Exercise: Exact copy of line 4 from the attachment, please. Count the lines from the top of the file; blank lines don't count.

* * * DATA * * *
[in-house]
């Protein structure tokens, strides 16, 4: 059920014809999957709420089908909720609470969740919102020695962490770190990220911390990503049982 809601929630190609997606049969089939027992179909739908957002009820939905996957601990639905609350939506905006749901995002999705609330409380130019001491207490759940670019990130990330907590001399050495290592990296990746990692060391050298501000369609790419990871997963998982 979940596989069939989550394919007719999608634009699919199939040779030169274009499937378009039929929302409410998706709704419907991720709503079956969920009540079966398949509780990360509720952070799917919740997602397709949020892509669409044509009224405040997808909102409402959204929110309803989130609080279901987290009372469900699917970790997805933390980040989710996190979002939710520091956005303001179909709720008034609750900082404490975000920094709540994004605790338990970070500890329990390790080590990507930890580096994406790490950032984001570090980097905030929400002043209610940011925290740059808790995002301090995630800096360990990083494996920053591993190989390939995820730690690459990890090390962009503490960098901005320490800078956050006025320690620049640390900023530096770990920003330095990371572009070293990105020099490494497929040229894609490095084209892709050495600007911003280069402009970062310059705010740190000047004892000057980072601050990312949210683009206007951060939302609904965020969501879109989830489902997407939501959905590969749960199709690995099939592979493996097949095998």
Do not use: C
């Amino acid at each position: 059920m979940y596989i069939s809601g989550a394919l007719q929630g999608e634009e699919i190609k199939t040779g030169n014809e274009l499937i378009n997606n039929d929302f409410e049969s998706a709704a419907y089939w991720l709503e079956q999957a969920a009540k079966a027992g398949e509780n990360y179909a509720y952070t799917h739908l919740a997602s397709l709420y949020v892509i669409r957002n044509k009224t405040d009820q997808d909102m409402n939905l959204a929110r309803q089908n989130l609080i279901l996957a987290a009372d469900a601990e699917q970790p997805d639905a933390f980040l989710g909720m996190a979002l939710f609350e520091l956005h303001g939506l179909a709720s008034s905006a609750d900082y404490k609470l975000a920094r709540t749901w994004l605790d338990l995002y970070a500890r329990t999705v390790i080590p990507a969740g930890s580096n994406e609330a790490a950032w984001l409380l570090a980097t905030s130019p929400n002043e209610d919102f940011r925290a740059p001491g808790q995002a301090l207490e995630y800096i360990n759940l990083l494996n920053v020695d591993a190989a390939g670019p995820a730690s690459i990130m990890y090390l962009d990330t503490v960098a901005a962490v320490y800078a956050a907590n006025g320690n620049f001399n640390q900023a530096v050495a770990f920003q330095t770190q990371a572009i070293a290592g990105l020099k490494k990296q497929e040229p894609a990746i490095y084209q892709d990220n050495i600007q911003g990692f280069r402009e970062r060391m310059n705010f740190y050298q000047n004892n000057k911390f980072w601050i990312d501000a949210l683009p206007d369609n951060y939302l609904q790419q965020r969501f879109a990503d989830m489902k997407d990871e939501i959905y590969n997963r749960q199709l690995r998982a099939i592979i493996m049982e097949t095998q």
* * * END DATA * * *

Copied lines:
């Amino acid at each position: 059920m979940y596989i069939s809601g989550a394919l007719q929630g999608e634009e699919i190609k199939t040779g030169n014809e274009l499937i378009n997606n039929d929302f409410e049969s998706a709704a419907y089939w991720l709503e079956q999957a969920a009540k079966a027992g398949e509780n990360y179909a509720y952070t799917h739908l919740a997602s397709l709420y949020v892509i669409r957002n044509k009224t405040d009820q997808d909102m409402n939905l959204a929110r309803q089908n989130l609080i279901l996957a987290a009372d469900a601990e699917q970790p997805d639905a933390f980040l989710g909720m996190a979002l939710f609350e520091l956005h303001g939506l179909a709720s008034s905006a609750d900082y404490k609470l975000a920094r709540t749901w994004l605790d338990l995002y970070a500890r329990t999705v390790i080590p990507a969740g930890s580096n994406e609330a790490a950032w984001l409380l570090a980097t905030s130019p929400n002043e209610d919102f940011r925290a740059p001491g808790q995002a301090l207490e995630y800096i360990n759940l990083l494996n920053v020695d591993a190989a390939g670019p995820a730690s690459i990130m990890y090390l962009d990330t503490v960098a901005a962490v320490y800078a956050a907590n006025g320690n620049f001399n640390q900023a530096v050495a770990f920003q330095t770190q990371a572009i070293a290592g990105l020099k490494k990296q497929e040229p894609a990746i490095y084209q892709d990220n050495i600007q911003g990692f280069r402009e970062r060391m310059n705010f740190y050298q000047n004892n000057k911390f980072w601050i990312d501000a949210l683009p206007d369609n951060y939302l609904q790419q965020r969501f879109a990503d989830m489902k997407d990871e939501i959905y590969n997963r749960q199709l690995r998982a099939i592979i493996m049982e097949t095998q």